Artisan Sourdough Bread Tips, part 2: fermentation, folding, and shaping

Are you ready to learn some new artisan baking techniques today?

If you haven’t been following our sourdough baking adventure, yesterday we explored a new type of sourdough starter – a “stiff starter,” one with double the normal amount of flour. We went over how to convert your liquid sourdough starter to a stiff starter, and began working on a sourdough recipe that calls for this starter and is entirely naturally leavened (no added commercial yeast).

Today, we’re going to continue the trek by covering fermentation, folding dough, and preshaping and shaping.

Artisan Sourdough Bread Tip #4: Dough temperature and rising time

Professional bakers focus on dough temperature, and have a special formula to determine what temperature water to use in the dough, based on the temperature of the room and the ingredients, as well as the amount of heat generated during mixing.

While home bakers need not be quite so precise, paying attention to the temperature of your ingredients and the environment your bread will rise in can help you achieve more consistent and predictable results.

Keep in mind that sourdough ferments (rises) well at 76°F, so this is a good dough temperature to aim for, although a few degrees in either direction is also fine.

Use a digital thermometer to test the water temperature and aim for starting the mix with cooler water on a hot day and warmer water on a cool day. But keep in mind that we’re aiming for 76°F, so “warmer” doesn’t mean 110°F, but more like room temperature water or a tiny bit warmer.

When you think about it, our normal body temperature is 98.6°F, so anything less than this is going to feel cool to our hands; even lukewarm water is warmer than you need.

If you don’t have a digital thermometer you can simply leave an open container of water on the counter overnight; by the next day it will have come to room temperature. This method has the added advantage of dissipating the chlorine in your tap water that may inhibit the wild yeast.

Artisan sourdough bread tips via @kingarthurflour

With the bread we’re making, if you start with 76°F water and room-temperature ingredients, the dough should come out at about 76°F because the mixing time is minimal.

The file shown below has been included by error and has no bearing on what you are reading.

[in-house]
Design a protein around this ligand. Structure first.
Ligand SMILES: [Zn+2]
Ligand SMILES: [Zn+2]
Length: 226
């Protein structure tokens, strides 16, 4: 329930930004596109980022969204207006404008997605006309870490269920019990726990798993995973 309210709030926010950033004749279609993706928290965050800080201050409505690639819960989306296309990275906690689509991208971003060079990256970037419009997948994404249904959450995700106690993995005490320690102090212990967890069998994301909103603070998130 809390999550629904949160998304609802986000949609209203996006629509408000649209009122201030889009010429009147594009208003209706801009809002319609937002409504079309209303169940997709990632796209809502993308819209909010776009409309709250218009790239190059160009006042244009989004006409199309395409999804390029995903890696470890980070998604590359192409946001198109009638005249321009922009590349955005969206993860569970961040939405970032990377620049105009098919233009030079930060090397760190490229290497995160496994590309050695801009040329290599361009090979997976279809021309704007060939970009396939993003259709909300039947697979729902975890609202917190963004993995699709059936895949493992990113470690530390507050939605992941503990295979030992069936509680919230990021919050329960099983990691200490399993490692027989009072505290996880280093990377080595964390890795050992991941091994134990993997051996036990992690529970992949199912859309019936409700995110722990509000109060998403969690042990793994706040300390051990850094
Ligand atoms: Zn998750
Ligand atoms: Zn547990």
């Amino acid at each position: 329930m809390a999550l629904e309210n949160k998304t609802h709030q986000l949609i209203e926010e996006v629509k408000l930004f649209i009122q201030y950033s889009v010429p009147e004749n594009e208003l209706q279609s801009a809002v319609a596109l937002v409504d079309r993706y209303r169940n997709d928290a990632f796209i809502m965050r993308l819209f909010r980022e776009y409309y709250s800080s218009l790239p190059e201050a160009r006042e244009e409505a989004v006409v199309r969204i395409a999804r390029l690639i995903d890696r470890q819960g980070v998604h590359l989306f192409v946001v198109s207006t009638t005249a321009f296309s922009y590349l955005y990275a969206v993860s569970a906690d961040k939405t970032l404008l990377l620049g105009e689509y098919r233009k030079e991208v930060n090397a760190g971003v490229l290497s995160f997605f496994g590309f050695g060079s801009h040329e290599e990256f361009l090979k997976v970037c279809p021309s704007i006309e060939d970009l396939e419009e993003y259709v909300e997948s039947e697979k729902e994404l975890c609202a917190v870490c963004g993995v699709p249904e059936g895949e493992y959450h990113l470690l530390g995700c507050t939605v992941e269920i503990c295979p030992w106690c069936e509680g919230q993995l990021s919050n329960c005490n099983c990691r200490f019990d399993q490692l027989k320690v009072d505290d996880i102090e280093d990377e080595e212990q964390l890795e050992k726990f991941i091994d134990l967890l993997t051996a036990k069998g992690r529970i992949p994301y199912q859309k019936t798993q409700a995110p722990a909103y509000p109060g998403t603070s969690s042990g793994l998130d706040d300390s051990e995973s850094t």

Check the temperature of the dough before and after mixing; this will give you a sense of how much heat your mixer is adding to the equation. Understand, though, dough rising at room temperature will eventually become whatever that temperature is, be it 62°F or 88°F.

So how do you maintain the dough at 76°F when your thermostat is set at 68°F? If you’re lucky enough to have a bread proofer, just set it for 76°F and you’re good to go.

Artisan sourdough bread tips via @kingarthurflour

Artisan sourdough bread tips via @kingarthurflour

If you don’t have a bread proofer there are ways to simulate one. A microwave is a proof box waiting to happen. Just boil water in your microwave in a Pyrex cup, remove the cup, and set your dough without a cover in the microwave. WARNING: Don’t turn on the microwave with the dough in it!  AND FURTHER WARNING: Boiling water in a microwave can result in superheated water, which can cause a sudden explosion of boiling water in water that appears still. To prevent this from occurring: set the timer for no more than two minutes at a time and put a wooden spoon in the cup.  Alternatively, you can boil the water on the stove, then pour it into the Pyrex cup and place it in the microwave (not on) for a few minutes to heat up the microwave space before placing the dough in it.

No microwave? You can do the same thing with an ice chest or cardboard box. If you’d like to turn your oven into a proof box, you’ll need a whole pot of boiling water to moisten and warm the air in the larger space. If your oven has a bread proofing setting, resist the urge to use it; the temperature is likely to be too hot for the long, slow fermentation sourdough requires.

Artisan sourdough bread tips via @kingarthurflour

While it’s easy to recharge your microwave proof box by boiling the water again after an hour, your dough may not need to spend the whole time in the proof box. Check its temperature and see if a little outside-the-proof-box time is warranted. In my house an hour in the microwave proof box and an hour out seems to work well for maintaining the dough at around 76°F. On warm summer days your dough may be fine simply rising at room temperature covered with plastic wrap, no time in a proof box needed.